– I love the Australian version of the Pimply Faced Teen, who is not so won over by the bullfrog’s name (“That’s an odd name. I’d have called them ‘chazzwozzers.'”)
– I like the very ending with the bullfrogs decimating Australia’s agriculture, if only because it was set up in two earlier great scenes, but I don’t like how Marge and Lisa take amusement out of the situation. Similar to how they participated in the food fight in “Homer Loves Flanders.” But a minor quibble, I loved that episode, and I love this one too.

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7 responses to “119. Bart vs. Australia

  1. For years, I thought Rand McNally was a real place. I was a stupid child.

  2. I always thought the “Austria/Australia” sign was a nod to the Land Down Under’s origin of being a penal colony for Europe – damn straight we are, and we even took your Parliament building, too!

    Homer singing “My Country ‘Tis of Thee” was outstanding.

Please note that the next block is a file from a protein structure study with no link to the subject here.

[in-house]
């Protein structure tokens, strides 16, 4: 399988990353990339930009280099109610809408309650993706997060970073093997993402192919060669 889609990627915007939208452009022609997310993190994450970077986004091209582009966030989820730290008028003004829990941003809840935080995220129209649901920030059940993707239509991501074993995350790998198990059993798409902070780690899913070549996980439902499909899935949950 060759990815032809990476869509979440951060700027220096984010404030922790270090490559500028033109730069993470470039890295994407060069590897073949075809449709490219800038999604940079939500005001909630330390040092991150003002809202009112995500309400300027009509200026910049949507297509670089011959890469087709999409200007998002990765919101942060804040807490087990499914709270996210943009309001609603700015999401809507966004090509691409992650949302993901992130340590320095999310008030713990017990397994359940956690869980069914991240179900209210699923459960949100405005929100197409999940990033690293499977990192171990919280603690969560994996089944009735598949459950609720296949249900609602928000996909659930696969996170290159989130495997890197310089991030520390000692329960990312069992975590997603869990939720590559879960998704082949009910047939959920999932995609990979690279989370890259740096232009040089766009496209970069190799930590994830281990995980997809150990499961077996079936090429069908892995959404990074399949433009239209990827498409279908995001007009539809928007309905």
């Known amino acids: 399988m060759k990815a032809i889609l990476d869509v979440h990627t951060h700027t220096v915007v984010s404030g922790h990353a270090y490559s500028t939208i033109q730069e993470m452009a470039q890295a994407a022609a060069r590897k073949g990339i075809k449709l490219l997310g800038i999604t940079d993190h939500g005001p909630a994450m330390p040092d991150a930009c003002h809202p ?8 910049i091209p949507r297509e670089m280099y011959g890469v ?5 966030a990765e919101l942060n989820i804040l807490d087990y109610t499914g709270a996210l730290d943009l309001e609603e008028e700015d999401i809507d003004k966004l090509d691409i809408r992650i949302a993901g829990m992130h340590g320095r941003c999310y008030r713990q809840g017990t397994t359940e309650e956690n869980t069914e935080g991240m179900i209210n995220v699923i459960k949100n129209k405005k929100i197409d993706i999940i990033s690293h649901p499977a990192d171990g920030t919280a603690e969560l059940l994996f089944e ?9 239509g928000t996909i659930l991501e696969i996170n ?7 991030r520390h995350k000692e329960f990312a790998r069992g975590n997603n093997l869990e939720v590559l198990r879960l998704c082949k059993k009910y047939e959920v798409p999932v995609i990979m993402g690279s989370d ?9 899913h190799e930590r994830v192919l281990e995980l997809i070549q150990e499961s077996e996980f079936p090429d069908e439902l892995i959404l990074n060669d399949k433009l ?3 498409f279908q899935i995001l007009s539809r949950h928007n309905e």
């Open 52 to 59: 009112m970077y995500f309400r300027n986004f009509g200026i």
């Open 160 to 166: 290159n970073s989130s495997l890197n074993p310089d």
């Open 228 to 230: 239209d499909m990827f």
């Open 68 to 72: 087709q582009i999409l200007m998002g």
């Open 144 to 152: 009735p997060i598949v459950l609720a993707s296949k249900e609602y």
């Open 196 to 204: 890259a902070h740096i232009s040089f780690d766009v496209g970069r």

3. I always wonder why the producers and writers didn’t learn anything from this episode when making future travel episodes like the Japan trip. They even send Homer and Bart to prison, but it’s nothing more than a gag.

  4. The Coriolis effect doesn’t have any significance at such small scales. Only hurricanes and such are affected by it.

  5. Gotta like the bit where Bart phones the president of an unknown, but unstable, Latin American country – especially the president’s aide and his crappy interpreting skills:

    Aide: “Please to repeat again and I will translating for the el presidente.”
    Bart: (slowly) “Which way does the water turn in your toilet?”
    (aide gasps, then turns to the president)
    Aide: (in Spanish) “He says the tide is turning!”
    President: (in Spanish) “Ay caramba! Then the rebels will soon take the capital! I must flee!”
    (he dives out the window and falls to the ground heavily)